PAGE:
The government has succumbed to pressure to change the way business rates are calculated in a move that could save retailers £250 million.
On Saturday the government announced its commitment to base business rates calculations on the Consumer Price Index (CPI) inflation rate from 2020, after speculation plans to switch had been scrapped.
In the 2016 budget the government announced plans to switch to the CPI, as the Retail Price Index (RPI) currently used rises faster and can outpace growth, but after the general election was called the bill failed.
Many also speculated the change would be scrapped and the money would be used to fund the public sector pay crisis,
However, the Treasury released a statement quelling these concerns over the weekend which read: “We are committed to switching business rates indexation from RPI to CPI from 2020 and will introduce legislation in due course.”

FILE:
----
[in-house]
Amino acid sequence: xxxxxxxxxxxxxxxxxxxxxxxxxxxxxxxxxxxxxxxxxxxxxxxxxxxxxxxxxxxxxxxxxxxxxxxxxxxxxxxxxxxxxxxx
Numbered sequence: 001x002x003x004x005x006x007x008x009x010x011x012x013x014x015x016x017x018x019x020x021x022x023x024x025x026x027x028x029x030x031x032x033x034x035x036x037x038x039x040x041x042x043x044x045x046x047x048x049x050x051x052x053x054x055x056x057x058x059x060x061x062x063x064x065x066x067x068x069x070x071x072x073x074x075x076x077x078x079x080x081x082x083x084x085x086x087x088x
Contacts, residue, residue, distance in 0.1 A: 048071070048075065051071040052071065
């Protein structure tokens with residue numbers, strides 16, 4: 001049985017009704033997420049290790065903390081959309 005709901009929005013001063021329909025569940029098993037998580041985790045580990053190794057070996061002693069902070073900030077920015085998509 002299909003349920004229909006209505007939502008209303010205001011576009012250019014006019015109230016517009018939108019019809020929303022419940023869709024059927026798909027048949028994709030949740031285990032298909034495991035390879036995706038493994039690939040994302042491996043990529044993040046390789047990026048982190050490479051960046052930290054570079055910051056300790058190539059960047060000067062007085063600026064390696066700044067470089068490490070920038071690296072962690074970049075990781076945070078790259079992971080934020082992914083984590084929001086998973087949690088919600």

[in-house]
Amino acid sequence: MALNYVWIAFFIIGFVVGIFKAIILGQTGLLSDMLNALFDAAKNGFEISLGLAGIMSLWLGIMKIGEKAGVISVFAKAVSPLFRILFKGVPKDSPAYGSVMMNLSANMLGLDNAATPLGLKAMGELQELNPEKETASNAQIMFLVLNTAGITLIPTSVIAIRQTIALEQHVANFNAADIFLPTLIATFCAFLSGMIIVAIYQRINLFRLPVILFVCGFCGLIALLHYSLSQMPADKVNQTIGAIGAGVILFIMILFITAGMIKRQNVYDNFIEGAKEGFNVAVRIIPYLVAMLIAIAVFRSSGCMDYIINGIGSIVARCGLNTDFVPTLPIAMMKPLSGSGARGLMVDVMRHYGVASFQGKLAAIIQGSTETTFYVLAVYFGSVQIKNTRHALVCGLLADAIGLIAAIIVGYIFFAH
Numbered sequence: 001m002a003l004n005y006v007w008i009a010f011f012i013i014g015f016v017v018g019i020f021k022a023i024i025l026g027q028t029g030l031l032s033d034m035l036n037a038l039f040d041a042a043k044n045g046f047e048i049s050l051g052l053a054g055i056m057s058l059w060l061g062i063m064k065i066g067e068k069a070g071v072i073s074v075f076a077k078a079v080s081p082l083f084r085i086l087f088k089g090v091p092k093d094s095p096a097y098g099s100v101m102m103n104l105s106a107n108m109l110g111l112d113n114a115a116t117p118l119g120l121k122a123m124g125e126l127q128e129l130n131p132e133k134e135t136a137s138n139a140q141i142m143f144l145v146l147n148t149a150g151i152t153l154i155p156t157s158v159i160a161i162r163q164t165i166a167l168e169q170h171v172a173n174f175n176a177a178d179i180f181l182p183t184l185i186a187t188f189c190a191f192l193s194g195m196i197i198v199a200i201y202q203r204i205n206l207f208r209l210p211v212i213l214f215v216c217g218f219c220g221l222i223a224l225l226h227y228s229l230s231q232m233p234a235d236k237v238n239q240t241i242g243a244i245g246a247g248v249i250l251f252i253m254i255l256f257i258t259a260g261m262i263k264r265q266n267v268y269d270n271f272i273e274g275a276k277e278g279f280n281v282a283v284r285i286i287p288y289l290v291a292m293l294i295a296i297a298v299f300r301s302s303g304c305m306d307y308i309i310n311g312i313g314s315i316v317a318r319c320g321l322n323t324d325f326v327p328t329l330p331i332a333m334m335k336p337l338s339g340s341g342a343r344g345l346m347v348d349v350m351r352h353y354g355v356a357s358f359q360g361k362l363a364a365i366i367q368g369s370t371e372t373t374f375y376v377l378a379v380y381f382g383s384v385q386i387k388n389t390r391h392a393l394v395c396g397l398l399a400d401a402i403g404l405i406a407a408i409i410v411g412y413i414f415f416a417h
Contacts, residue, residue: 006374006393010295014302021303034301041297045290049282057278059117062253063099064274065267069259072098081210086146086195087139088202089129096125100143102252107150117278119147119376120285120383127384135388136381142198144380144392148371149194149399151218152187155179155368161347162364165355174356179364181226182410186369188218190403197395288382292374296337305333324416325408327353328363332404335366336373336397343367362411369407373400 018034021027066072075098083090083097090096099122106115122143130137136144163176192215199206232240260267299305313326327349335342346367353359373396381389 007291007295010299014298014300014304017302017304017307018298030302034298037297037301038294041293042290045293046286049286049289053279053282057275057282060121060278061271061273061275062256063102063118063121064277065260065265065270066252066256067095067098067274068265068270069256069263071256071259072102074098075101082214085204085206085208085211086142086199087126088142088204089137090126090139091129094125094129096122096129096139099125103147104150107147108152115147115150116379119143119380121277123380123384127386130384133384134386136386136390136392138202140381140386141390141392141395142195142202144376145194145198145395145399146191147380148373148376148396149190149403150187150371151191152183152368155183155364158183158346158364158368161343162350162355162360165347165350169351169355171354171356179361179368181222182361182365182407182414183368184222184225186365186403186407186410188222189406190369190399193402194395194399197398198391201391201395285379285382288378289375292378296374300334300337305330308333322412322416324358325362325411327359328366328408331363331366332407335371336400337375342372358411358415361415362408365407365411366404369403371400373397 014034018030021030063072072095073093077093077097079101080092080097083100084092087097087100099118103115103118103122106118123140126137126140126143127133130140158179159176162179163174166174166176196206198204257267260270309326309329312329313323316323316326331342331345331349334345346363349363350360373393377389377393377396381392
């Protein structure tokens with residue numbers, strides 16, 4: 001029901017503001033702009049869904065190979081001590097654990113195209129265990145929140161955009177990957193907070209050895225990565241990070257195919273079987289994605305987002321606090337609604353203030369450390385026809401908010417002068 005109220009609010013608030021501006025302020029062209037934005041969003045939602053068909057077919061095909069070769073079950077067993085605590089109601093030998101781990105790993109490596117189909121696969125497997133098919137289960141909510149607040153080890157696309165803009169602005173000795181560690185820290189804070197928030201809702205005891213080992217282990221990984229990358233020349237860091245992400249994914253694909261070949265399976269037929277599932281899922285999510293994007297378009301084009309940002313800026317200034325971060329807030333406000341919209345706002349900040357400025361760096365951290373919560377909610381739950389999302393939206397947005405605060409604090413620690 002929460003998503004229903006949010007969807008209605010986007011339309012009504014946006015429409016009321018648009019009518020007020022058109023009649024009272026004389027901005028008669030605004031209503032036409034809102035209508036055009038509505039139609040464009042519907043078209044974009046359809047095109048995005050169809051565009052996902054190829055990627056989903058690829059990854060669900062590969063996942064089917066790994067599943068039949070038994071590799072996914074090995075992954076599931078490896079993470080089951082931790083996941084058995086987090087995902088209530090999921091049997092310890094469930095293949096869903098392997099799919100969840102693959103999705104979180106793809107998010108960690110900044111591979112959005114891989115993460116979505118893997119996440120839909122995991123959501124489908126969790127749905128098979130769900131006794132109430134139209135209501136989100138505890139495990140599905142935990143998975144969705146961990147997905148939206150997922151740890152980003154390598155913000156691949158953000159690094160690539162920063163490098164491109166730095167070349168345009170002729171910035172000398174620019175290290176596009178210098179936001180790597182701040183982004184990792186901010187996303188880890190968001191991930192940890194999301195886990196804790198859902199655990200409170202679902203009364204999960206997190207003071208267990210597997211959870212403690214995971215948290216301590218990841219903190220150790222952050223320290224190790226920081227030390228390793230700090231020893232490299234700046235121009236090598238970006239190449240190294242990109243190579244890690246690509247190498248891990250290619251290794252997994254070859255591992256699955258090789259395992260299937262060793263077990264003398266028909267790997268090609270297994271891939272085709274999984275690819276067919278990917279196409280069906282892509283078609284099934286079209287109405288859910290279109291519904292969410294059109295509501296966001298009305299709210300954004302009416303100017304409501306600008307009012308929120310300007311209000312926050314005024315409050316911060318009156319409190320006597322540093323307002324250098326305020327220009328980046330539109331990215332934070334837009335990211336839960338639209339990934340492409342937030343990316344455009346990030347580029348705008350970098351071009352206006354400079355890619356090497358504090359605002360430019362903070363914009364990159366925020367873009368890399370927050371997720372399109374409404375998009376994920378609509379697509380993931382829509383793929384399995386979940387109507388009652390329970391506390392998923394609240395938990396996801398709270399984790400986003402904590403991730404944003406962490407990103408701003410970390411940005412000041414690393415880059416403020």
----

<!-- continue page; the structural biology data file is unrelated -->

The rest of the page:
The Treasury added this would save businesses £1 billion in the first three years, with retail saving £250 million alone.
Despite this, business rates specialist CVS said until the change is made in 2020 rising RPI, inflation could cost business an extra £781 million.
“The Chancellor has moved quickly and decisively to quell speculation,” CVS chief executive Mark Rigby said.
“Reneging upon the switch would have been a double whammy for business with higher than forecasted inflation this year and its compound effect.
“The purse strings at the Treasury need to be loosened as Property Taxes are already the highest of any G7 and EU country.
“They need to be competitive especially when we leave the European Union and the switch in uprating goes someway to working towards that.”